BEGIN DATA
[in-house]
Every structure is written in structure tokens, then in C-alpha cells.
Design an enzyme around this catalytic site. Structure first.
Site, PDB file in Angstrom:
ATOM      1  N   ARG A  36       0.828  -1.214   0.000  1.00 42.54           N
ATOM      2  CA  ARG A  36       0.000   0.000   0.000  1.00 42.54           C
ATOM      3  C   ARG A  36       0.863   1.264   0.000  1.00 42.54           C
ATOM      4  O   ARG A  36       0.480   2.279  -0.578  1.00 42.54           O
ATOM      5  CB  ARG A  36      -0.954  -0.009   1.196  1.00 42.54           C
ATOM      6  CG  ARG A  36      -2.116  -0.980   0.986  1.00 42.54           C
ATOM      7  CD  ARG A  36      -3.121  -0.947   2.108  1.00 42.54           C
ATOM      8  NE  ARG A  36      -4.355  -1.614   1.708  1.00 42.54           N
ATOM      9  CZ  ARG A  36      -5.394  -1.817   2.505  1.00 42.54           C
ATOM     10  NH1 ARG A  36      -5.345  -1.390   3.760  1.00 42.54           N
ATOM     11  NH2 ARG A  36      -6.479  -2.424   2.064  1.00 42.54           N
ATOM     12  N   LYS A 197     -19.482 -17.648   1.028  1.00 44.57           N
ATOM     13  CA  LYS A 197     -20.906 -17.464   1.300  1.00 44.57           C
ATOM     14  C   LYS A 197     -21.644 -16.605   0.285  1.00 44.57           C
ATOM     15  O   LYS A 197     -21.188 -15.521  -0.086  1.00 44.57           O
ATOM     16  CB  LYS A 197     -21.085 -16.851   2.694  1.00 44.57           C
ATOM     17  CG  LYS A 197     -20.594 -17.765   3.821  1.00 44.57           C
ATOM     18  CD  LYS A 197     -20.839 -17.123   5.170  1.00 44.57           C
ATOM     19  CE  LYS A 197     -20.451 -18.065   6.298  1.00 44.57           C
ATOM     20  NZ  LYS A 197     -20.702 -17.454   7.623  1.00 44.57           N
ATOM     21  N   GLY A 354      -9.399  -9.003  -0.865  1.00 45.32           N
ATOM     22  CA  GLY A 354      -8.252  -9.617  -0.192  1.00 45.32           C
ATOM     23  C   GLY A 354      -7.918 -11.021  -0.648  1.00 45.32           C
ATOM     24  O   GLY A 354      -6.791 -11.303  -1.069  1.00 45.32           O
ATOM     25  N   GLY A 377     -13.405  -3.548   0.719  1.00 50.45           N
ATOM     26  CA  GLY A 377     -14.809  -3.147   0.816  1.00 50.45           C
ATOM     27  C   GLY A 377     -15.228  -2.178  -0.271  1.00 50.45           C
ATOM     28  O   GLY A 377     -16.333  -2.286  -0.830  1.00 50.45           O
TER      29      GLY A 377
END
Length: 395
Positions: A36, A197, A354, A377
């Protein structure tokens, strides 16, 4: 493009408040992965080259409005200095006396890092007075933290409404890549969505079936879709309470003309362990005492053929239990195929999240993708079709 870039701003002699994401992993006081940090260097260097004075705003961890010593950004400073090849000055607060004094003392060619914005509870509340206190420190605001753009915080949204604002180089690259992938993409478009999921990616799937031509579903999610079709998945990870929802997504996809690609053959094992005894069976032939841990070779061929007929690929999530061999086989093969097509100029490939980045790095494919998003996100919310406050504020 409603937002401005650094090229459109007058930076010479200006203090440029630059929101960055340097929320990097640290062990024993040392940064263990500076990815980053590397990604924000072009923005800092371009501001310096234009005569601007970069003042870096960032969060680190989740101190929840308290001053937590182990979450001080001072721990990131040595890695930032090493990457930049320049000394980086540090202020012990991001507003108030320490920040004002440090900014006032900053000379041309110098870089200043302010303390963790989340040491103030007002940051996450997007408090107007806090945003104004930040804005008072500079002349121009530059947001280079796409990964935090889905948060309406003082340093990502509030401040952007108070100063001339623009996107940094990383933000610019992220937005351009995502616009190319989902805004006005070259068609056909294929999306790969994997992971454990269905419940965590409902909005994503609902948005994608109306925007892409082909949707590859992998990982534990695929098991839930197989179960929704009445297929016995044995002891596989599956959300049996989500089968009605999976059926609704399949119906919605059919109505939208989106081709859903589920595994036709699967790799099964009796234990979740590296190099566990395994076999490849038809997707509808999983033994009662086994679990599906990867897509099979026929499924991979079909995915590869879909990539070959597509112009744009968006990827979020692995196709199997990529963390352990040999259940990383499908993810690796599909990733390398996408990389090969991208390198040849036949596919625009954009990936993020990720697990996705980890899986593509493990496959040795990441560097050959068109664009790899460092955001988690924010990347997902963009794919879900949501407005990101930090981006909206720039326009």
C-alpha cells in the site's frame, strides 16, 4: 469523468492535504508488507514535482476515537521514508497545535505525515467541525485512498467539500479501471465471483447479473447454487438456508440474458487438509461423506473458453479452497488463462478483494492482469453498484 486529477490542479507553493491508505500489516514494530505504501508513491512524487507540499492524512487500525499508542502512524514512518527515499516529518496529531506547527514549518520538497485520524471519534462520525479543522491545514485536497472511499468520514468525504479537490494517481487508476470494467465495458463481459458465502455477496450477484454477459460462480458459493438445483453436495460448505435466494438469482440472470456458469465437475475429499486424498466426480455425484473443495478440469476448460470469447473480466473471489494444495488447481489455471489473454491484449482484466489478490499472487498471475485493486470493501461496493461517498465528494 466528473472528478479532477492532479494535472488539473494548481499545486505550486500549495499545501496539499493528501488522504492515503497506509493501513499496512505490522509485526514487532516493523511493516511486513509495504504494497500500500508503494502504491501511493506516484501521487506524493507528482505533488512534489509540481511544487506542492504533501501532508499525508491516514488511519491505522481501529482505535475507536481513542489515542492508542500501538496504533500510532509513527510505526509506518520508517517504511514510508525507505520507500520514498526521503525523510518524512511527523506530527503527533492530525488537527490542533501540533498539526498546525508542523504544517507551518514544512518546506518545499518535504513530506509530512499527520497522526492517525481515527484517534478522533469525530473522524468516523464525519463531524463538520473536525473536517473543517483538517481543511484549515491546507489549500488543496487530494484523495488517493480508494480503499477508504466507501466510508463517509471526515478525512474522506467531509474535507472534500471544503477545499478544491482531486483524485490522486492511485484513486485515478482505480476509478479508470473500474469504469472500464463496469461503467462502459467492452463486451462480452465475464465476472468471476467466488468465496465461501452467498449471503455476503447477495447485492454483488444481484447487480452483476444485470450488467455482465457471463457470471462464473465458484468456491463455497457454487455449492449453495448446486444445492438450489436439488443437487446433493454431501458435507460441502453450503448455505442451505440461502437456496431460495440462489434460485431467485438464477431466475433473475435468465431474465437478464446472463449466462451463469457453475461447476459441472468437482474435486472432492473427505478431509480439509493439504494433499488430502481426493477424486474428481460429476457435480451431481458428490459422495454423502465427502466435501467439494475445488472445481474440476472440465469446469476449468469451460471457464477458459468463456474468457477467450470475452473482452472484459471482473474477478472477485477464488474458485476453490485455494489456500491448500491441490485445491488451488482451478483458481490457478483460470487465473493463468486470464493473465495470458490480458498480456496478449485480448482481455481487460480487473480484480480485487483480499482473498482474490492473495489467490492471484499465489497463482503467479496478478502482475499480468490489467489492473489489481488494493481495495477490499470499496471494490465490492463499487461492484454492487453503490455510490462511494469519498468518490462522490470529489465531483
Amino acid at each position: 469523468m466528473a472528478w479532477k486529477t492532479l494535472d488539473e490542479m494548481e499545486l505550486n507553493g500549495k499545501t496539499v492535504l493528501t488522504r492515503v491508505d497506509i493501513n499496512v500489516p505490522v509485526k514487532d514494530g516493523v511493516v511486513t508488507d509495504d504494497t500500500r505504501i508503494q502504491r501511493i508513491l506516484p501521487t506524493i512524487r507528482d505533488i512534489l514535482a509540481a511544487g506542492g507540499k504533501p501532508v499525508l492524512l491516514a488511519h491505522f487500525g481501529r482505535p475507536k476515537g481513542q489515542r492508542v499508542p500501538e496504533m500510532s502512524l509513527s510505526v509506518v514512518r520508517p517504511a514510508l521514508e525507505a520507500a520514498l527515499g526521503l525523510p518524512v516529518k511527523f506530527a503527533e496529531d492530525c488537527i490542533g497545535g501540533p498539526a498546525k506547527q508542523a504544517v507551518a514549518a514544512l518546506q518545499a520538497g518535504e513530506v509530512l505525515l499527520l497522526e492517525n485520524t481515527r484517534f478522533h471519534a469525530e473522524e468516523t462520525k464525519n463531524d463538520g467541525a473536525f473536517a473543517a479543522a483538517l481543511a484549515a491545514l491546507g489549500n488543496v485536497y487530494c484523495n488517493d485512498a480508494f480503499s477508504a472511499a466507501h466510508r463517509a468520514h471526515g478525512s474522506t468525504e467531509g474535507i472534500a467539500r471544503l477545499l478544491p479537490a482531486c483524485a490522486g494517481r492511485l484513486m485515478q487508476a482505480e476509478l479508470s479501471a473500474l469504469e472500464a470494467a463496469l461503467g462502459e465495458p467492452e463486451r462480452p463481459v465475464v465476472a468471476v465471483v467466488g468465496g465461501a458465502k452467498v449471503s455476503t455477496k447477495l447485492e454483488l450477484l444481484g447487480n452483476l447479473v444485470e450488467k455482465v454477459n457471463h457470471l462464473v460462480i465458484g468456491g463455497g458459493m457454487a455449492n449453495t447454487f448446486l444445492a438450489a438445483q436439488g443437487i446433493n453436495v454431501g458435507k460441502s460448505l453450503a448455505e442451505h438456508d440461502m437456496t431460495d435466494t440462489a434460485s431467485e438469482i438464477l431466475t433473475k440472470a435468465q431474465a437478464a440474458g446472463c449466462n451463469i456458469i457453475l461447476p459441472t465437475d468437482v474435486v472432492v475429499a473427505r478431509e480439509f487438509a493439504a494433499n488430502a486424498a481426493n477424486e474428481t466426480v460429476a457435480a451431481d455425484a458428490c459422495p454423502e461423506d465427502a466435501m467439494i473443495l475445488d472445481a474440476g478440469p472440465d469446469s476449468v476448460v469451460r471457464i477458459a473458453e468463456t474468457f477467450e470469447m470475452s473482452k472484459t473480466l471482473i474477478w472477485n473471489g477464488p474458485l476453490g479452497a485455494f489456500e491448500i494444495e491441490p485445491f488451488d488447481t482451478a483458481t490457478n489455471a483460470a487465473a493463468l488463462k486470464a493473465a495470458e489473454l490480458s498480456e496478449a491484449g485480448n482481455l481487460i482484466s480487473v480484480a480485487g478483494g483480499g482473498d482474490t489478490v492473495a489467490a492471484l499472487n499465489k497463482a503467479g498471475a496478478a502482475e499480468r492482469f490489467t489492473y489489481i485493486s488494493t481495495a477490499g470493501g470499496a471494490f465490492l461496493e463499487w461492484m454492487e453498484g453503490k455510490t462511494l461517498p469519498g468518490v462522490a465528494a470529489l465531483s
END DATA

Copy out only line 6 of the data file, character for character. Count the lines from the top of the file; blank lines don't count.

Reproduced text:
ATOM      2  CA  ARG A  36       0.000   0.000   0.000  1.00 42.54           C